IMPACT conducts research in the Northern pastoral communities of Kenya with the aim of documenting indigenous communities' knowledge, culture, and history to preserve it for future generations. This information also assists other organizations in building indigenous grassroots movements and sets the right pace for all projects that are relevant to the needs of the community. 


Information is preserved in films, books, and research papers or reports, and knowledge is disseminated through the replay of the documentaries in media houses, cinemas and through the distribution of books and reports.

IMPACT partners with both local and international researchers and students to carry out this research. IMPACT not only hosts the researchers and provides them with logistical support to implement their studies but also introduces these researchers to the local community and assists them in translation.

IMPACT aims to create a community-based learning approach between local and international universities and has been facilitating an exchange learning program for easier exchange of knowledge between learners. This assists students through their interactions to broaden their understanding of their study areas. These reports also help the organization to best understand differences in culture and their ways of life.

IMPACT has already worked with a number of researchers studying specific areas in Northern Kenya. We host two students from McGill University once every year as they do their internship. We have also worked with lecturers from McGill University from the research department who include Professor Galaty and Professor Pollini in conducting studies on resource-based conflicts in Laikipia and Samburu. These reports are out and can be accessed from the McGill University website. IMPACT is also partnering with Dr. Brock Bersaglio and Dr. Charis from Sheffield University in the UK and Dr. Alex Awiti from Agha-Khan University in Kenya to carry out research on LAPSSET along the LAPSSET corridor in Kenya.

IN 2019.

IMPACT collaborated with McGill University to conduct a research study around Kipsing’, Wamba and Merti and created a short documentary of two of the scoping studies conducted.

IMPACT collaborated with the University of Sheffield to complete fieldwork for the Human-Wildlife Conflicts study in Il Ngwesi Community Land, formerly known as the Il Ngwesi Group Ranch.

Tropical Leaves

Research and Documentation pictorial on Desert locust 

IN 2021

Small Title


Desert Locust Research Pictorials 2020

This picture was taken early January 2020 in Samburu East, In Sesia Community Land during the first arrival of the Desert Locust in Samburu County. This is one of the first swarms of the desert locusts’ arrival in Samburu East Sub-County. They were a matured swarm swarming around in search of a favorable area for breeding.

These plants are Datura stramonium. All the leaves have been cleared by the desert locusts during the first invasion by the desert locusts in January 2020. The plants have no benefits to the pastoral community and the community wished if the locusts could clear all Datura plants saying the plants are poisonous and kill their livestock. The sad story is the desert locusts cleared all the plants around living the livestock without the pasture they used to have in the area. The cows behind the Datura plans have nothing to collect from the ground and have to cross the land without putting their heads down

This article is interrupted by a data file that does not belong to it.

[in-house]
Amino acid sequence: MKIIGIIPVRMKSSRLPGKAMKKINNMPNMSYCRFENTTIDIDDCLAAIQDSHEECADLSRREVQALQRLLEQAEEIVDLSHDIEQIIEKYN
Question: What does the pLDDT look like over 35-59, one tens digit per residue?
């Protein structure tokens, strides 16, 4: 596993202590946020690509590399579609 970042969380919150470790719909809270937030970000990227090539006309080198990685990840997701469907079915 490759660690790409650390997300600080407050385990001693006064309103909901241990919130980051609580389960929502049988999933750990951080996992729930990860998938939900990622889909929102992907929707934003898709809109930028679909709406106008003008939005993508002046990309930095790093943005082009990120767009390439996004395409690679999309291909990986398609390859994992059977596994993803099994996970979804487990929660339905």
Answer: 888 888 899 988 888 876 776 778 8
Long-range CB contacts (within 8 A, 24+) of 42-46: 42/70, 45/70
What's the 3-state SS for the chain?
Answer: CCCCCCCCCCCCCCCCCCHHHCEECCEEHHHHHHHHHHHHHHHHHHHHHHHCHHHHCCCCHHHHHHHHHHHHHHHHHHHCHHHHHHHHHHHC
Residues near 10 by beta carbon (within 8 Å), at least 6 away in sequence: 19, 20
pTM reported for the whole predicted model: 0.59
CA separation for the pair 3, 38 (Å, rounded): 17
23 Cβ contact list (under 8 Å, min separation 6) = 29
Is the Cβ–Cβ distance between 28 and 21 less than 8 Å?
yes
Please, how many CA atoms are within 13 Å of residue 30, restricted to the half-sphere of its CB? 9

This old man is from the Samburu Community from Oldonyiro Sub-County of Isiolo County. He is narrating the story of the earlier desert locusts’ invasion around 70 years ago. He explained the route taken by the locusts, the roosting and breeding places as well as the kind of responses used by the colonial government in place during the arrival.

Brown colour on top of the trees are the desert locusts and the affected area at Nkoteyia in Samburu West Sub-County. This is one of the sensitive areas where the response of the desert locusts is not supposed to take place being an important area but an aerial spray has just taken place before we arrived. The desert locusts’ team says they do respond in such areas using mild concentrated insecticides


This was a desert locust feeding on the green leaves of plants during the first invasion of the desert locusts in January 2020 around Kipsing in Oldonyiro Sub-County in Isiolo County.



This photo of the dead locust was taken at a place known as Lempaute in Samburu East Sub-County in early February 2020. The dead locust were after a successful response by the desert locust response team where the. The area is filled with bad odour due to the decay of the dead desert locusts. After the rains, all the dead locusts were washed to Lempaute dam that was used by the community for domestic water. The water had a bad smell forcing the community to stop taking the water travelling for long distances for drinking water.

This are the desert locust nymphs from lenkusaka village around Samburu East,sub-county.

The nymphs are in the second or third stage of their development cycle.

At this stage they do not fly and are very destructive unlike the mature locust that fly from one place to another.



To be effective in managing natural resources based conflicts organizations need to learn how to collect and incorporate data into the decision making and project development. The training on young community researchers in research processes and tools has concluded and the young researchers will be placed in  PARAN_Kenya alliance members. Generous support from Institute of Development Studies

In IMPACT the community researcher fellows will be attached to the peace building and conflict transformation, community land protection program, research program and movement building.